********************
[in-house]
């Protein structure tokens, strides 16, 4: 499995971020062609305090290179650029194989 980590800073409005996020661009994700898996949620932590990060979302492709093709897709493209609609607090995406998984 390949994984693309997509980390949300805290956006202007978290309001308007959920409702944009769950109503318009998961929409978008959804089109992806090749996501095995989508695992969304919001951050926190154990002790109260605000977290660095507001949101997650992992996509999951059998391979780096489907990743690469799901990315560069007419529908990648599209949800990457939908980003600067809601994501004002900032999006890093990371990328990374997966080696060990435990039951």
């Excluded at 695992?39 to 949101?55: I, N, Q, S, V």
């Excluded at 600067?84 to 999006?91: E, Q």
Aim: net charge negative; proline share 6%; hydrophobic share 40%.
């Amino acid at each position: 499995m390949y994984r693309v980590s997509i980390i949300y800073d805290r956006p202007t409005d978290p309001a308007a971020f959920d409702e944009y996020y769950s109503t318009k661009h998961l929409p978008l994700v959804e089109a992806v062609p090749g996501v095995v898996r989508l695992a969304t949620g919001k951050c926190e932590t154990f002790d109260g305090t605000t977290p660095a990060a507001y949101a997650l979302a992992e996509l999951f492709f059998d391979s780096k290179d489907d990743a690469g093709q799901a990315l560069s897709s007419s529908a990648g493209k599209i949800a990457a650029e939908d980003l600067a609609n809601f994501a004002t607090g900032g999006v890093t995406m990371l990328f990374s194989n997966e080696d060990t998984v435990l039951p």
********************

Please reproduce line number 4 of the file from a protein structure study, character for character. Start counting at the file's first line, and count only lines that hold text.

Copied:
């Excluded at 600067?84 to 999006?91: E, Q």